Set designer, theatre director, playwright, theatre theoretician, painter and graphic artist. Born in 1922 in Rzeszów, he died on June 24, 2008.
Szajna was a prisoner at the Auschwitz and Buchenwald concentration camps during the World War II occupation of Poland, an experience that strongly influenced his art.
He obtained degrees in graphic design (1952) and set design (1953) from the Academy of Fine Arts in Cracow, where he began teaching in 1954 immediately after completing his studies; he stayed on as an instructor for the next nine years. In 1972 he became a professor at the Academy of Fine Arts in Warsaw, where he remained until his death in 2008 as head of the set design studio. However, he was still professionally active as an artist throughout this period. Between 1955 and 1963 he designed sets for productions like Myszy i ludzie / Of Mice and Men, based on the novel of the same title by John Steinbeck, and Dziady / Forefather's Eve by Mickiewicz. Until 1966, he acted as the managing director and artistic director of the Teatr Ludowy (People's Theatre) in Nowa Huta, where he also directed a series of plays. He also worked with the Stary Teatr (Old Theatre) in Cracow, the **in:Teatr śląski*in_te_slaski_katowice** (Silesian Theatre) in Katowice, the Teatr Współczesny (Contemporary Theatre) in Wroclaw and the Teatr Polski (Polish Theatre) in Warsaw. In 1971 he created the Teatr-Galeria (Theatre Gallery) at Warsaw's Centrum Sztuki Studio (Studio Centre for the Arts - formerly the Teatr Klasyczny / Classical Theatre). There, he tested out his own educational theories through his singular method of popularizing various artistic genres – primarily through theatre, but also through other artistic approaches. He resigned the directorship of the Centre ten years later when martial law was declared in Poland.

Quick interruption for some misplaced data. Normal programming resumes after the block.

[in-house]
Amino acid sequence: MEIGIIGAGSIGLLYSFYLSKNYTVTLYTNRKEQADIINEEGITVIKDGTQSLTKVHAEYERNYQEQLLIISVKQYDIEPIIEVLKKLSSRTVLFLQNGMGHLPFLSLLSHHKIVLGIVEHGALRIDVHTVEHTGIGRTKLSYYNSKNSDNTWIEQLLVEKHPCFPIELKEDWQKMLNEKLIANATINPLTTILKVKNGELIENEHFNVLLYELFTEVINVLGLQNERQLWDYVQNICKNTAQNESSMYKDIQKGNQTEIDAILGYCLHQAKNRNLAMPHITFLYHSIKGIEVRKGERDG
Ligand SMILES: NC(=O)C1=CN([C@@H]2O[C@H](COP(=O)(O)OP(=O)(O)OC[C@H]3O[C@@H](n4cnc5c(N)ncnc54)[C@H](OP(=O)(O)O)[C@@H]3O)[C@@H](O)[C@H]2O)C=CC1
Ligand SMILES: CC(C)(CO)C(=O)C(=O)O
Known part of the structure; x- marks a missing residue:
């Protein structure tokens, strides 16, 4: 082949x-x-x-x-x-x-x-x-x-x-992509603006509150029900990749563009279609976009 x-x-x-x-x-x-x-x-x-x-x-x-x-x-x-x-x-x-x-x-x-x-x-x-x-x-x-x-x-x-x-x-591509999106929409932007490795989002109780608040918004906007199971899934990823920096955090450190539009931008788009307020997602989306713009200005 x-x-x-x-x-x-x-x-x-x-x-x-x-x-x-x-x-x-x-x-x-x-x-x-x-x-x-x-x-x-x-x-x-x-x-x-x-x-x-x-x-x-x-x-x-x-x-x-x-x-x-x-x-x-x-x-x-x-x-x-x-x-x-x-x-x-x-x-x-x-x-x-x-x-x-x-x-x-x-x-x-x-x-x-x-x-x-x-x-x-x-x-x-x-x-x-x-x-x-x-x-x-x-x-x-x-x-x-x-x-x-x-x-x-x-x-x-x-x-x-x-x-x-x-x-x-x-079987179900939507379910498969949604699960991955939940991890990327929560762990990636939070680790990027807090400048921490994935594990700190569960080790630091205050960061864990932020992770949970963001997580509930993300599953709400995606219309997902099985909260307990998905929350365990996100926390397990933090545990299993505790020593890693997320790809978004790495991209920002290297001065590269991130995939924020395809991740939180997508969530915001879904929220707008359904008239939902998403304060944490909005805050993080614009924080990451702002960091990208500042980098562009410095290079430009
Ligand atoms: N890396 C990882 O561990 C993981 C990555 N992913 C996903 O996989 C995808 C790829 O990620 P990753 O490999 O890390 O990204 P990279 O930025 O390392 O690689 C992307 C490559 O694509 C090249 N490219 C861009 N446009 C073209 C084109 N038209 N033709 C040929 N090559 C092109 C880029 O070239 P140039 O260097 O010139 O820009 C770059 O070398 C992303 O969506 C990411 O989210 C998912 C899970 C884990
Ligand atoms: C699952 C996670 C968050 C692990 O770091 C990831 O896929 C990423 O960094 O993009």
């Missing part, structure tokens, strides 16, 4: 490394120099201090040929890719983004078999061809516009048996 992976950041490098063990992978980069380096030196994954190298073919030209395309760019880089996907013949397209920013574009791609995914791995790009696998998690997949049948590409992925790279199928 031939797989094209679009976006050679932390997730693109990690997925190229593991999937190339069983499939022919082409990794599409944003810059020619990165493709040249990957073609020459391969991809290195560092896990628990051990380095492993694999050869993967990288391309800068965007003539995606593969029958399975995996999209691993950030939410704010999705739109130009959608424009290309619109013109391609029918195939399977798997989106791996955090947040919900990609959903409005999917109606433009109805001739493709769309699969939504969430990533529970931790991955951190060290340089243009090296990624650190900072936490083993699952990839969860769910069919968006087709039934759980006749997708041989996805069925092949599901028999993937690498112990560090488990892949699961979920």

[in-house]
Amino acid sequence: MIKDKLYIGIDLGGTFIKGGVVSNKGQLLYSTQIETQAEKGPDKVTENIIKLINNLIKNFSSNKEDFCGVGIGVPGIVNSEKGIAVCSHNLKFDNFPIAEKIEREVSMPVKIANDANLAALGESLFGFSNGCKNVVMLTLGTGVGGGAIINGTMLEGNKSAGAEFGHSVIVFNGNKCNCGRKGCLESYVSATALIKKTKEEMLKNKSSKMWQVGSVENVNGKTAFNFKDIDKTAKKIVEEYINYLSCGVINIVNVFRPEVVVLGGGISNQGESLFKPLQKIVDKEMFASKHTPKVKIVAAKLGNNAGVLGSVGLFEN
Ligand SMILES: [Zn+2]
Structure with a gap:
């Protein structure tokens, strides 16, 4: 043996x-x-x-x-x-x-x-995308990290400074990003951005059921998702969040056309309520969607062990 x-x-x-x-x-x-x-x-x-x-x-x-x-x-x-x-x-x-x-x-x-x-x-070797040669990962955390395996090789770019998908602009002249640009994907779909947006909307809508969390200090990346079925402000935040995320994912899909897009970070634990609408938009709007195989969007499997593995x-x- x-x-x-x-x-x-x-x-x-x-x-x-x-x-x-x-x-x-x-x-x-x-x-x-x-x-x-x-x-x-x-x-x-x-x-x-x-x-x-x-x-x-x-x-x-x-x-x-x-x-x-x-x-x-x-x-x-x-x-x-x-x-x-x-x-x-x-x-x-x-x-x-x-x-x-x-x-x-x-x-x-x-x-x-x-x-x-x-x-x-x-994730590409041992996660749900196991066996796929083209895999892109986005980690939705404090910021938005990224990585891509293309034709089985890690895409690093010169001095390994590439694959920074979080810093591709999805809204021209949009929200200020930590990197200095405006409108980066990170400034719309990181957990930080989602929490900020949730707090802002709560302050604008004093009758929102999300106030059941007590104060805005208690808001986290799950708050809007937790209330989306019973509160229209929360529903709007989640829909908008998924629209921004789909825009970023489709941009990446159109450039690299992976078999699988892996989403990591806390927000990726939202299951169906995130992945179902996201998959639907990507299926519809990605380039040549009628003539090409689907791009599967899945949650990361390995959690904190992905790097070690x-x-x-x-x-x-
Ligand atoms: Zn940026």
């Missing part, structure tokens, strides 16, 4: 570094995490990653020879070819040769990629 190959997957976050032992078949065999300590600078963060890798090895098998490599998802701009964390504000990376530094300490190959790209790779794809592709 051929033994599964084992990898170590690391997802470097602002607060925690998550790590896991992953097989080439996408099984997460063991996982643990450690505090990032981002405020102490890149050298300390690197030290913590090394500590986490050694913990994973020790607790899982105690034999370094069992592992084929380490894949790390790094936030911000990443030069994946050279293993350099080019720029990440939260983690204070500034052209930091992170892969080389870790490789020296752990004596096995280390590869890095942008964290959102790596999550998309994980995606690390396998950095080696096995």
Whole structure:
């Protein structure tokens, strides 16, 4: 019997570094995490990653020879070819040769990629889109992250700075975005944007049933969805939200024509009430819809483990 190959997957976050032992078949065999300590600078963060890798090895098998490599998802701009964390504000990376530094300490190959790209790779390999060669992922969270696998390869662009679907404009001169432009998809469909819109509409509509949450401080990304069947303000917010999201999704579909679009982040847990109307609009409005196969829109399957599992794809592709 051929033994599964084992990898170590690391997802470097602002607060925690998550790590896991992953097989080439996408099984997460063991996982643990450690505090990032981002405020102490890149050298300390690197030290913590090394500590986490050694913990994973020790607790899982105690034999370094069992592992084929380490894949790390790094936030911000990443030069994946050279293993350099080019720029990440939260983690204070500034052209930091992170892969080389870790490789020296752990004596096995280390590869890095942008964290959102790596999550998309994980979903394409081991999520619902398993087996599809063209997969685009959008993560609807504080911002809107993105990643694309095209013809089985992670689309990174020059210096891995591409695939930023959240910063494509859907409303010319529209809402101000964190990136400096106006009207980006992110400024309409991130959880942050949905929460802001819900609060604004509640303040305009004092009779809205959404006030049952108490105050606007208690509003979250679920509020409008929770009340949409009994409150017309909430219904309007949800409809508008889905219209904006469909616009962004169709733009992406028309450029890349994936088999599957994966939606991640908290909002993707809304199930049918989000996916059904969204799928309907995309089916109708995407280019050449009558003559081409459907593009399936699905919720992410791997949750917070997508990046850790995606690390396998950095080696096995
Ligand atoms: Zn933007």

Szajna produced paintings and prints, designed sets, directed theatrical productions, wrote the scripts to original shows and was a theoretician of the theatre. He was perceived primarily as a man of the theatre and creator of his own, personal formula, what Zbigniew Taranienko described as "visually narrative theatre" (otherwise known as "visual theatre", "visual artists' theatre" or "theatre of visions"). The emphasis in this type of theatre falls on visual expression. Unlike artists such as Leszek Mądzik, however, Szajna never rejected the actor, the actor's individual gestures or the spoken word. Nevertheless, the starring role in his theatre was undoubtedly awarded to visuals and imagery, often through expansive scenery and grotesquely over-sized props. Szajna himself was quoted as saying, "I transform life into images", a thought that accurately reflects his intentions. This innovative concept of visual theatre was realized most fully in his productions at the Teatr Studio (Studio Theatre), but it also defined most of Szajna's artistic experiences outside of the theatre. In his original morality plays (including Replika / Rejoinder in 1973; Gulgutiera in 1973; Dante, based on The Divine Comedy, in 1974; and Cervantes in 1976), Szajna combined literary texts saturated with his own personal reflections with his trademark visionary organization of the stage and inventive, intense, expressive performances from his actors.